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Basics of the Argumentative Essay for AP English Language

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By — McGraw-Hill Professional
Updated on Mar 4, 2011

The second type of essay on the Advanced English Language exam is the argumentative essay. Because it is often seen as a "give away," many students believe it to be the easiest of the three essays to write. Unfortunately, too many students spend too little time in the actual planning of this essay and, as a result, present an underdeveloped, illogical, or offtopic piece. Although there is a great deal of latitude given for the response to the prompt, the argumentative essay demands careful reading and planning.

What Does the Argumentative Essay Require of Me?

Basically, you need to do three things:

  • understand the nature of the position taken in the prompt;
  • take a specifi c stand—argue, qualify, or disagree—with the assertion in the prompt; and
  • clearly and logically support your claim.

What Does It Mean to Agree, Disagree, or Qualify?

An argumentative essay on the AP English Language and Composition exam will present you with an excerpt or a statement. Once you understand what the passage is saying, you have to ask yourself: Do I think about this subject in the same way as the writer/speaker? (Agree) Do I think the writer/speaker is totally wrong? (Disagree) Do I think some of what is said is correct and some incorrect? (Qualify) Regardless of the synonyms used, these are the three choices you will have.

Timing and Planning the Essay

How Should I Approach the Writing of My Argumentative Essay?

Before beginning to actually write the essay, you need to do some quick planning. You could brainstorm a list of ideas, construct a chart, or create an outline. Whatever it is, you MUST find a way to allow yourself to think through the issue and your position.

Once I've Chosen My Position on the Given Issue, How Do I Go About Supporting It?

Remember that you've been taught how to write an argument throughout your school years, and you've even studied it in detail in your AP Comp course this year. Here is a brief overview of the kinds of support/evidence you could include to bolster your argument:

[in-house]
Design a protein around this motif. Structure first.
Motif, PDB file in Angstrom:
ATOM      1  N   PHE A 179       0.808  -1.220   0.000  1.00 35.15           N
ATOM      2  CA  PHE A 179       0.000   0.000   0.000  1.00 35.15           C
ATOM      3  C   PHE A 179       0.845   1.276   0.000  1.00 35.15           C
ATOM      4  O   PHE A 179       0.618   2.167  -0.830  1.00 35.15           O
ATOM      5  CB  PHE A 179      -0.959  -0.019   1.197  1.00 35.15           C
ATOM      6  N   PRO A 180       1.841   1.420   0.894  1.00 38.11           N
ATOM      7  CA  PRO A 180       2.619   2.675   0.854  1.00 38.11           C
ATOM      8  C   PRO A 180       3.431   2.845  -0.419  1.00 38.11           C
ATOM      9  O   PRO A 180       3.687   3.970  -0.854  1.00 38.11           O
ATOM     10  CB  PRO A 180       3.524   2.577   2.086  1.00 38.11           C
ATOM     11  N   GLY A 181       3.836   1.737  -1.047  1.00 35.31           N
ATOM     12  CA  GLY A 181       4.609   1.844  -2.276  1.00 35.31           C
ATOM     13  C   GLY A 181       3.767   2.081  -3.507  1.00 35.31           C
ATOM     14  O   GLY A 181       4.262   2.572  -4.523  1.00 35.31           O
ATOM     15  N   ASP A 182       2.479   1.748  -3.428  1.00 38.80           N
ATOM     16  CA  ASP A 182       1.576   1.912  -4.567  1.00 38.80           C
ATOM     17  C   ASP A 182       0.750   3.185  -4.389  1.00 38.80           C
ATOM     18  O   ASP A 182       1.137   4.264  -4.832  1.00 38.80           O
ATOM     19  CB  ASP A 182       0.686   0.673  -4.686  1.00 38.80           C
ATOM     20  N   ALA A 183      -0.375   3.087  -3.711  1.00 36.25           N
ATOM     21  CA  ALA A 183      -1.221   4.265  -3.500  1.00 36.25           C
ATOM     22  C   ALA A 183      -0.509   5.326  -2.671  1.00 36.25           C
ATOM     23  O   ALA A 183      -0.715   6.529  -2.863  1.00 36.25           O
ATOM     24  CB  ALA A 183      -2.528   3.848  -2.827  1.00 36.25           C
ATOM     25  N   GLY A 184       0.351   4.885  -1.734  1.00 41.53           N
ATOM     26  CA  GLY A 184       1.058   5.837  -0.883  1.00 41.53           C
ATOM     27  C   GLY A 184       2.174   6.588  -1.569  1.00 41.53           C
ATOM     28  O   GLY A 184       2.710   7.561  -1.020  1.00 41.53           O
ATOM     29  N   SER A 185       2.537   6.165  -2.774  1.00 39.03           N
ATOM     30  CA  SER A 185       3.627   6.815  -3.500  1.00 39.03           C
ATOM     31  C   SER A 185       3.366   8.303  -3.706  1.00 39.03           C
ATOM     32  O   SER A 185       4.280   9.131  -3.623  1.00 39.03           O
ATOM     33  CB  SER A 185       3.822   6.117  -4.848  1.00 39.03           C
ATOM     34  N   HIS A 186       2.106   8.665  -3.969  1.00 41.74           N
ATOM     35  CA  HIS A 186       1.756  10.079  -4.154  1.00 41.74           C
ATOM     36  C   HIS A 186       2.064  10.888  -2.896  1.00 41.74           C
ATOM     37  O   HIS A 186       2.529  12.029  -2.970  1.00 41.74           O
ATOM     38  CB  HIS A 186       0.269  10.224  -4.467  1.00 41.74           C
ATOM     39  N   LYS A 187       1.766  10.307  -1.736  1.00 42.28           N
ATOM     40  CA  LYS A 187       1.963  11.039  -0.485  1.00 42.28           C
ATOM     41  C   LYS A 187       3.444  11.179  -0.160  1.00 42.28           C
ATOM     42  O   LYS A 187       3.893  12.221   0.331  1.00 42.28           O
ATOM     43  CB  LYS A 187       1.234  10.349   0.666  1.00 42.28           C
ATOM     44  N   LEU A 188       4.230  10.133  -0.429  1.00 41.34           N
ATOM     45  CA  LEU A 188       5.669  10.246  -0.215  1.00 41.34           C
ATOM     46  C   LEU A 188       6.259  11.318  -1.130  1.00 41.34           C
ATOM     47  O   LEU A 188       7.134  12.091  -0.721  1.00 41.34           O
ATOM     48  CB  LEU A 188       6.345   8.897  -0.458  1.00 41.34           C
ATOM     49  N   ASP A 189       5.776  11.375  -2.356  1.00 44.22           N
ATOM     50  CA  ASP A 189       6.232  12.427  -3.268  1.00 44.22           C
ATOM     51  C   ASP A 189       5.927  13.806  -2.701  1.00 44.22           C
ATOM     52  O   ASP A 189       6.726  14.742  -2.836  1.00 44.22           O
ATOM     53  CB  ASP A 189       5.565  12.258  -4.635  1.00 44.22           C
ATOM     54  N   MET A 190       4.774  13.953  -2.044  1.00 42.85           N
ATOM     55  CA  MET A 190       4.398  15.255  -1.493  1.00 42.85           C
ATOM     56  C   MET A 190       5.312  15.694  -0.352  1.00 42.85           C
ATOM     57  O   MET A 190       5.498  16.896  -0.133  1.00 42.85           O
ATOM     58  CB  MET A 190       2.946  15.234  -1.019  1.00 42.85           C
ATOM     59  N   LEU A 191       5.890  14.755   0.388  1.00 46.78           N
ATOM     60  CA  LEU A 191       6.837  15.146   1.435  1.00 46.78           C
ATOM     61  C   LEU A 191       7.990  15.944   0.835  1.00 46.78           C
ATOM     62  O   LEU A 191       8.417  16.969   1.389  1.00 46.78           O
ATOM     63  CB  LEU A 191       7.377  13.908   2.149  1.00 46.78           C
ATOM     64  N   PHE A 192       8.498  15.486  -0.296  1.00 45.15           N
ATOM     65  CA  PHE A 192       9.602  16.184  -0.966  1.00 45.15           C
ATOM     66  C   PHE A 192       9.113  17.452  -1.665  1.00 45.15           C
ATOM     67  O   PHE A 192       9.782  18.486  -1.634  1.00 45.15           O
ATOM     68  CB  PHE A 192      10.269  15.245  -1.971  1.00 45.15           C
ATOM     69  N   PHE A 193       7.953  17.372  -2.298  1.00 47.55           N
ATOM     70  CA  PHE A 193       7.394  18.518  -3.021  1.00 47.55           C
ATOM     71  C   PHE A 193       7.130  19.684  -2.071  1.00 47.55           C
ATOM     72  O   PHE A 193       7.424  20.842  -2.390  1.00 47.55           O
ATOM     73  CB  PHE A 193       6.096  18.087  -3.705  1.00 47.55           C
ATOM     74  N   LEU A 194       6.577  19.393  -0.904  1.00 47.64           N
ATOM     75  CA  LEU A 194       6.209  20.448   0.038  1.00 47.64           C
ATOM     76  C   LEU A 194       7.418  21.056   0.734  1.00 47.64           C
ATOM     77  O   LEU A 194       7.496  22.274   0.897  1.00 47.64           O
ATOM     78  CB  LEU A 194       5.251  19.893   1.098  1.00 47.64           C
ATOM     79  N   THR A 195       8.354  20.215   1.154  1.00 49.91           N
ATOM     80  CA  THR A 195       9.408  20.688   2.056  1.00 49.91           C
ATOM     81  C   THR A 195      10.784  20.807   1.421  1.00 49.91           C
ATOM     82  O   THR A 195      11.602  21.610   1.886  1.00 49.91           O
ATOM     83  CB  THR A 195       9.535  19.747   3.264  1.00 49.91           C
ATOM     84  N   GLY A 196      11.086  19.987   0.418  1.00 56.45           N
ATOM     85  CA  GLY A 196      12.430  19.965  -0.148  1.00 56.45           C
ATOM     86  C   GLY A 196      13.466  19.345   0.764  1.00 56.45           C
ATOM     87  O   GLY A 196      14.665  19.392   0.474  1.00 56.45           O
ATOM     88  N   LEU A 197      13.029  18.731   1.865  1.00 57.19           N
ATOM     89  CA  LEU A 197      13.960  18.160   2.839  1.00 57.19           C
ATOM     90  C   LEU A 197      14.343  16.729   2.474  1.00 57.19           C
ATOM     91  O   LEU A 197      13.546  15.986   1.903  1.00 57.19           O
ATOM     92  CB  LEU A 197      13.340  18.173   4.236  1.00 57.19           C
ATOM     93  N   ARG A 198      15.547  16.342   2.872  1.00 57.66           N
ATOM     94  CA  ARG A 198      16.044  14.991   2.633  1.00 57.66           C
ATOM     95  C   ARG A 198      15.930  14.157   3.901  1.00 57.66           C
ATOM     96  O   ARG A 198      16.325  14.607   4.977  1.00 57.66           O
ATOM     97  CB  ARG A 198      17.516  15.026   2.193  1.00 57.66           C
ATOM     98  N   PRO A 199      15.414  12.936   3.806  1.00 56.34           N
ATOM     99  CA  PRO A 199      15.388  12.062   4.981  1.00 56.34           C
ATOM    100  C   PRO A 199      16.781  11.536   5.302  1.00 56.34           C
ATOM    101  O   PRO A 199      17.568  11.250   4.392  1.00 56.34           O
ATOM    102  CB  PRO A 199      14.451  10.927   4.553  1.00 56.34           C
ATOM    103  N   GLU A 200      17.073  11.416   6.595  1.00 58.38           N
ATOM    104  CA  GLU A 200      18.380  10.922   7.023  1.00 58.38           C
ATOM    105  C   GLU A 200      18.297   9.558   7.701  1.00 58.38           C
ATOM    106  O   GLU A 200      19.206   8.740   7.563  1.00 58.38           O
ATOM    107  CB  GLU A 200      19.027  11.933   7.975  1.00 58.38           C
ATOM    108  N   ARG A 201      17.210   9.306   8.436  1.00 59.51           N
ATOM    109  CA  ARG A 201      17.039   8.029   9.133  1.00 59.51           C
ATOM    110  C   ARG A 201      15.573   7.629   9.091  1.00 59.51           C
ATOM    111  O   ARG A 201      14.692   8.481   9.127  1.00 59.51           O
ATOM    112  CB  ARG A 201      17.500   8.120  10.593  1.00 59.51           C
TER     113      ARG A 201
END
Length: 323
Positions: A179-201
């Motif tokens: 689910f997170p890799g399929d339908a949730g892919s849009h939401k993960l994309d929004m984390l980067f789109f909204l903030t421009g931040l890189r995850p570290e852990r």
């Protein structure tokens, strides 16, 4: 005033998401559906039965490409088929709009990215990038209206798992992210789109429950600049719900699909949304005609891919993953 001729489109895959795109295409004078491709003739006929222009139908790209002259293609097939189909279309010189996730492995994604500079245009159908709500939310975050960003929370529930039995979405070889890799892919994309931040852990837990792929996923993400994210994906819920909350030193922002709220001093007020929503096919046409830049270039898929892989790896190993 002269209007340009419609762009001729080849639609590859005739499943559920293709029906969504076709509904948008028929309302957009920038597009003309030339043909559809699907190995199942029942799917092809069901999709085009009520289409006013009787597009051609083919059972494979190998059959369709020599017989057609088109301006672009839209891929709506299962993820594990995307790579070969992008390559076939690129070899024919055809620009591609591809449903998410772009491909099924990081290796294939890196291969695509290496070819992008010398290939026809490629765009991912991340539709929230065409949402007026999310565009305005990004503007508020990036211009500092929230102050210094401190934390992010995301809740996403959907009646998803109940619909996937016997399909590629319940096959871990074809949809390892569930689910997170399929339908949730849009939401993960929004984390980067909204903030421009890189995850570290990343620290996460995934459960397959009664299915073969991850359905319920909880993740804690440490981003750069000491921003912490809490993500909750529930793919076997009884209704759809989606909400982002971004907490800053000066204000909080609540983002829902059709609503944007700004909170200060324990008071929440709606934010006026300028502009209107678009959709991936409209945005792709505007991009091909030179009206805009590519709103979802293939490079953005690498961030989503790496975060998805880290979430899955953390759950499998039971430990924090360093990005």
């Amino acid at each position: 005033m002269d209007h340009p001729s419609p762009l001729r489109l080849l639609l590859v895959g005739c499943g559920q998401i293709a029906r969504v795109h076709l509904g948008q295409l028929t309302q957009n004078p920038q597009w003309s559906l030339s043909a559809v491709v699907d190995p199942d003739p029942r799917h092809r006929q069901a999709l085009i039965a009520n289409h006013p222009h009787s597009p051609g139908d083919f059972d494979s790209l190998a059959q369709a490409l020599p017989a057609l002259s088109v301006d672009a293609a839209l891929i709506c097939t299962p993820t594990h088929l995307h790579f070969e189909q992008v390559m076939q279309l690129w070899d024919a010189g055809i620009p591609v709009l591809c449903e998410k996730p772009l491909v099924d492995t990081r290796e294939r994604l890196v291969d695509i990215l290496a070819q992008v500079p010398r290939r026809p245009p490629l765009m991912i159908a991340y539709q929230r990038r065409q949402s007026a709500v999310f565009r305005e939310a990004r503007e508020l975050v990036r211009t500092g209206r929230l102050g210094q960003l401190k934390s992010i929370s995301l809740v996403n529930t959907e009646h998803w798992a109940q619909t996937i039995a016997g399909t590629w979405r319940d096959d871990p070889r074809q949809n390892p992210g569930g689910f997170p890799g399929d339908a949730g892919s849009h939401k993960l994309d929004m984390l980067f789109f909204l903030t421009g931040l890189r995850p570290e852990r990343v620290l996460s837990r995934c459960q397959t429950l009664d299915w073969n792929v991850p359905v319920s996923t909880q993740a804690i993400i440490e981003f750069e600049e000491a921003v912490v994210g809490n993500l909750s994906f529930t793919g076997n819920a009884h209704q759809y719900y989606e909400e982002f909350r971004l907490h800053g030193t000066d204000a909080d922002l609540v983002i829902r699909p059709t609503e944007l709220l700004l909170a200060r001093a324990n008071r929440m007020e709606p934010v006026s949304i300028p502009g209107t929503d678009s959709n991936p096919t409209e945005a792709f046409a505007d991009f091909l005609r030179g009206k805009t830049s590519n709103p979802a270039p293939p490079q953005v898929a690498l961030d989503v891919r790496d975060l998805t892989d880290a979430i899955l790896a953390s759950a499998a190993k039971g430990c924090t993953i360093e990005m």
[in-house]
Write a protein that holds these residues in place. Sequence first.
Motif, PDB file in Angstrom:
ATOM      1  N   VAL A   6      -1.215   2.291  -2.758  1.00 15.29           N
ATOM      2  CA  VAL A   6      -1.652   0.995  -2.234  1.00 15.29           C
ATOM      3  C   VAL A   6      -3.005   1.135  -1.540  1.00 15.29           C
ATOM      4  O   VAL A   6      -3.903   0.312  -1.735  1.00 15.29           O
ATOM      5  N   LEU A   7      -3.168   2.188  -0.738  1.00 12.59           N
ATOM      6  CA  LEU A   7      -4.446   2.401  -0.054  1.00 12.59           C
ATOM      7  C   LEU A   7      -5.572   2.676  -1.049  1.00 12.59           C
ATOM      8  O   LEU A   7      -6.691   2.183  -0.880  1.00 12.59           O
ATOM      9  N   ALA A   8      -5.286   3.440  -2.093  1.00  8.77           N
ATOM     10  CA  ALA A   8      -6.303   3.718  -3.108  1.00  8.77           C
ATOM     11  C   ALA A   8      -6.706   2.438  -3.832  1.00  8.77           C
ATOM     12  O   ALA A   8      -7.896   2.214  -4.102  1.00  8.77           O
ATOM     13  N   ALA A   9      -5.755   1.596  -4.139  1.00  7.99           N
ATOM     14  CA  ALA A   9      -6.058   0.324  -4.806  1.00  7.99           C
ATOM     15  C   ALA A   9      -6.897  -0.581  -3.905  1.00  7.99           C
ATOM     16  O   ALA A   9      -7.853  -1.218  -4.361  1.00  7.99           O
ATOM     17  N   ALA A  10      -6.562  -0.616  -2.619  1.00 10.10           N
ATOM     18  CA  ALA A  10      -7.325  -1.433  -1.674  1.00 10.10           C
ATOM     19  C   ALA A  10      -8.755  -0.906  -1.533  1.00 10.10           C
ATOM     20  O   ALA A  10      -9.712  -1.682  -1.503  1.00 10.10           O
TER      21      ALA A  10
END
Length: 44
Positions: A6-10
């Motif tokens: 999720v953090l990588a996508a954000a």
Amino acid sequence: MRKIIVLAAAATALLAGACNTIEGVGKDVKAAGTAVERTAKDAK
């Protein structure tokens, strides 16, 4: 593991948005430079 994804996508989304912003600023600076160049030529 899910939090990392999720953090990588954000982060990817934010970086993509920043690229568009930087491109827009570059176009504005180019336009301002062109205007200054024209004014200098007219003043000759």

— facts/statistics
      — details
      — quotations
      — dialog
      — needed definitions
      — recognition of the opposition
      — examples
      — anecdotes
      — contrast and comparison
      — cause and effect
      — appeal to authority

Just make certain to choose the strategy or strategies that are most familiar to you and with which you feel most comfortable. Don't try to "con" your reader or pad your essay with irrelevancies.

Does It Matter What Tone I Take in My Argumentative Essay?

The College Board and the AP Comp readers are open to a wide range of approaches. You can choose to be informal and personal, formal and objective, or even humorous and irreverent, and anything in between. Just be certain that your choice is appropriate for your purpose.

Will I Be Penalized for Taking an Unpopular, Unexpected, Irreverent, or Bizarre Position on the Given Issue?

As long as you are addressing the prompt and appropriately supporting your position, there is no danger of your losing points on your essay, because you've decided to take a different approach. Your essay is graded for process and mastery and manipulation of language, not for how close you come to the viewpoint of your reader.

How Should I Plan to Spend My Time Writing the Argumentative Essay?

Learning to budget your time is a skill that can be most helpful in writing the successful essay. The following is a sample timeline for you to consider:

  • 1–3 minutes reading and working the prompt
  • 3 minutes deciding on a position
  • 10–12 minutes planning the support of your position
  • 20 minutes writing the essay
  • 3 minutes proofreading
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